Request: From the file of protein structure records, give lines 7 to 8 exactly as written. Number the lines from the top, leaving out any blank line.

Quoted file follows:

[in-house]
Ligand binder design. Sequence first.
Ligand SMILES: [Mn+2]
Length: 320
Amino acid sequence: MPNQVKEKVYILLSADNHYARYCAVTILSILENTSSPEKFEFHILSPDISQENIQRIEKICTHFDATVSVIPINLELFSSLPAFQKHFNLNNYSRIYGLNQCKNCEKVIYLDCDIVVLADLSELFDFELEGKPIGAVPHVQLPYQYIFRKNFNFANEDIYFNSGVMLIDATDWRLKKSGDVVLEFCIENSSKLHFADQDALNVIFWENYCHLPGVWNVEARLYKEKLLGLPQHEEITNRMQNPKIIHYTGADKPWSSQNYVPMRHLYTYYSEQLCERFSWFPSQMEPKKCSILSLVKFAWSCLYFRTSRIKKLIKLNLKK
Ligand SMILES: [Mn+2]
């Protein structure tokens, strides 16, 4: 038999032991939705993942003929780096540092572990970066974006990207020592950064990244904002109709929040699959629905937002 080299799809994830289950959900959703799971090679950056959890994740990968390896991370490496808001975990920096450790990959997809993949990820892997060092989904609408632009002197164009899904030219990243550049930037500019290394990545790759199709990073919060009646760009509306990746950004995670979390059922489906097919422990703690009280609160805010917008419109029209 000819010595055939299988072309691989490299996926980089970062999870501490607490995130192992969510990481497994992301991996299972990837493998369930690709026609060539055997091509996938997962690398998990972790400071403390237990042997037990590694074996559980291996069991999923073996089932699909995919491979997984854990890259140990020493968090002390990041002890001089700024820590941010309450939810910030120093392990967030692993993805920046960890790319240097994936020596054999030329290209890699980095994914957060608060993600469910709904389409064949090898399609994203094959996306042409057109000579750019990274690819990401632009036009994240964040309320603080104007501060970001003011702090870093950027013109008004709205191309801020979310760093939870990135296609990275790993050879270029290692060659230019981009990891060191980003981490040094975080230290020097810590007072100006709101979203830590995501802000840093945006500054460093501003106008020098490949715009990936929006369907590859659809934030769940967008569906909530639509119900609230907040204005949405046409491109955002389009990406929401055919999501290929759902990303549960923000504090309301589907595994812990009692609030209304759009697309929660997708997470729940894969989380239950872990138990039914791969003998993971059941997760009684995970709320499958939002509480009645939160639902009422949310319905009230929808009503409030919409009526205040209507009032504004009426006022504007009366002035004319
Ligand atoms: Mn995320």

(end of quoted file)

């Protein structure tokens, strides 16, 4: 038999032991939705993942003929780096540092572990970066974006990207020592950064990244904002109709929040699959629905937002 080299799809994830289950959900959703799971090679950056959890994740990968390896991370490496808001975990920096450790990959997809993949990820892997060092989904609408632009002197164009899904030219990243550049930037500019290394990545790759199709990073919060009646760009509306990746950004995670979390059922489906097919422990703690009280609160805010917008419109029209 000819010595055939299988072309691989490299996926980089970062999870501490607490995130192992969510990481497994992301991996299972990837493998369930690709026609060539055997091509996938997962690398998990972790400071403390237990042997037990590694074996559980291996069991999923073996089932699909995919491979997984854990890259140990020493968090002390990041002890001089700024820590941010309450939810910030120093392990967030692993993805920046960890790319240097994936020596054999030329290209890699980095994914957060608060993600469910709904389409064949090898399609994203094959996306042409057109000579750019990274690819990401632009036009994240964040309320603080104007501060970001003011702090870093950027013109008004709205191309801020979310760093939870990135296609990275790993050879270029290692060659230019981009990891060191980003981490040094975080230290020097810590007072100006709101979203830590995501802000840093945006500054460093501003106008020098490949715009990936929006369907590859659809934030769940967008569906909530639509119900609230907040204005949405046409491109955002389009990406929401055919999501290929759902990303549960923000504090309301589907595994812990009692609030209304759009697309929660997708997470729940894969989380239950872990138990039914791969003998993971059941997760009684995970709320499958939002509480009645939160639902009422949310319905009230929808009503409030919409009526205040209507009032504004009426006022504007009366002035004319
Ligand atoms: Mn995320």